The Queen of Spades

Pyotr Ilyich Tchaikovsky
Welsh National Opera
Wales Millennium Centre, Cardiff
(2009)

Production photo

This production was afforded a right royal welcome when it premiered at the New Theatre, Cardiff, back in 2000. And, despite its running time of three and three quarter hours, half an hour longer than advertised, it is indeed a cracker.

Written late in his career when Tchaikovsky was at the peak of his creativity, the opera, based on a novel by Pushkin, was an intensely personal project for the composer who was experiencing considerable distress in his personal life.

The tone of the opera is dark, far more so than Eugene Onegin, even though it initially also centres on someone falling in love. What The Queen of Spades is really about is obsession and fate, both very much on Tchaikovsky's mind.

Herman, the chief protagonist, has fallen in love with Lisa, the ward of the Countess. His ardour wins her over, despite her betrothal to another, and she commits herself to him. But Herman's obsessive nature now fixates on his lack of money and he decides to force the Countess to tell him the secret of her former success at gambling and to use that knowledge to win a fortune.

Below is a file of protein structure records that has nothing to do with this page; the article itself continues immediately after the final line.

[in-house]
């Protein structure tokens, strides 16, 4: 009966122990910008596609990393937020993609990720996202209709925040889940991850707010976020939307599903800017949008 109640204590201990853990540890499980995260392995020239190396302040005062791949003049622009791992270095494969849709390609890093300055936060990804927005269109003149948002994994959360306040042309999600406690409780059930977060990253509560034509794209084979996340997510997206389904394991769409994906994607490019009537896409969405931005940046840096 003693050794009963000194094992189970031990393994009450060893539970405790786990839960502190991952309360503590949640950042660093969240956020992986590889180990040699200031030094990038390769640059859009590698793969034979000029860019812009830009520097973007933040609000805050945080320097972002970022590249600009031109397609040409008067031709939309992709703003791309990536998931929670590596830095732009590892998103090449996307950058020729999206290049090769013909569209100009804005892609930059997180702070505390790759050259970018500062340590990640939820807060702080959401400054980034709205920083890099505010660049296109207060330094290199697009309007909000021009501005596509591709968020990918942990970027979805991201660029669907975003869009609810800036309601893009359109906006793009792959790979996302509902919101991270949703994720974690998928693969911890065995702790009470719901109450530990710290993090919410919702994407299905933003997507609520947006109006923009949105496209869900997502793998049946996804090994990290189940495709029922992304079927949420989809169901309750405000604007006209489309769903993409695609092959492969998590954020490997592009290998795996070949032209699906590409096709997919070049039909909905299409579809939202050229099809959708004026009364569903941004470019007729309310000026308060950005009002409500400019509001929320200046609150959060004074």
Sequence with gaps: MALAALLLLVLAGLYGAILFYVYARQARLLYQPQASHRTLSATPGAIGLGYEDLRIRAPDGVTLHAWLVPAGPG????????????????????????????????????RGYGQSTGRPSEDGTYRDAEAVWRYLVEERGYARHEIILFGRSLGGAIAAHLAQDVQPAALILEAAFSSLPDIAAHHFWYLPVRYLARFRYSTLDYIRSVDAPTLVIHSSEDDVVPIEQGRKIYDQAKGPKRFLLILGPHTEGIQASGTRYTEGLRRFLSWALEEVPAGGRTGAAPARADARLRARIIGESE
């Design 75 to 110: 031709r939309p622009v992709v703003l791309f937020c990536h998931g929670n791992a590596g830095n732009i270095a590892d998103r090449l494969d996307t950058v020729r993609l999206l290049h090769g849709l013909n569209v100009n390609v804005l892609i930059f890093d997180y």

The original director, Richard Jones, has won many accolades for his work and the production bears the stamp of his striking visual flair and sense of design. With designer John Macfarlane, Jones accentuates the sense of deprivation and drabness of the country which is here updated to the 1900s.

Dark colours predominate. The second set features a distressed interior à la Katie Mitchell, and the sense is of better times having passed, a theme echoed in a number of the arias as when Polina's sings, 'in Arcadia'. "In the morning of my life what was to be my future was the grave", a lament later picked up by Lisa herself. Even the crowd, in the first scene, who bustle about enjoying the spring weather, chorus, "Have fun my dears, the sun does not shine often".

There are a number of arresting visuals. At the beginning of the production, the curtain rises to reveal the image of an attractive young woman. Then another unfurls over it showing the same person, now old and desiccated - youth, beauty and hope all yield to time. We fleeth, as it were, as a shadow.

In another scene we look down, as it were, on the bed in Herman's bedroom which has been raised to the vertical. As we watch him toss and turn we see the sheets move and a skeletal figure emerge and take him in its embrace.

The work reveals the full brilliance of Tchaikovsky's compositional skills with the score ranging from elegant ballroom music; ersatz folk tunes; lyrical arias and music which for me recalled Janacek and the equally obsessional Jenufa.

The principals are excellent, as are the chorus, with special mention to Misha Didyk, as Herman; Tatia Monogarova as Lisa; Dario Solari as Prince Yeletsky and Ann Murray as the Countess. The conductor is Alexander Polianichko.

Reviewer: Pete Wood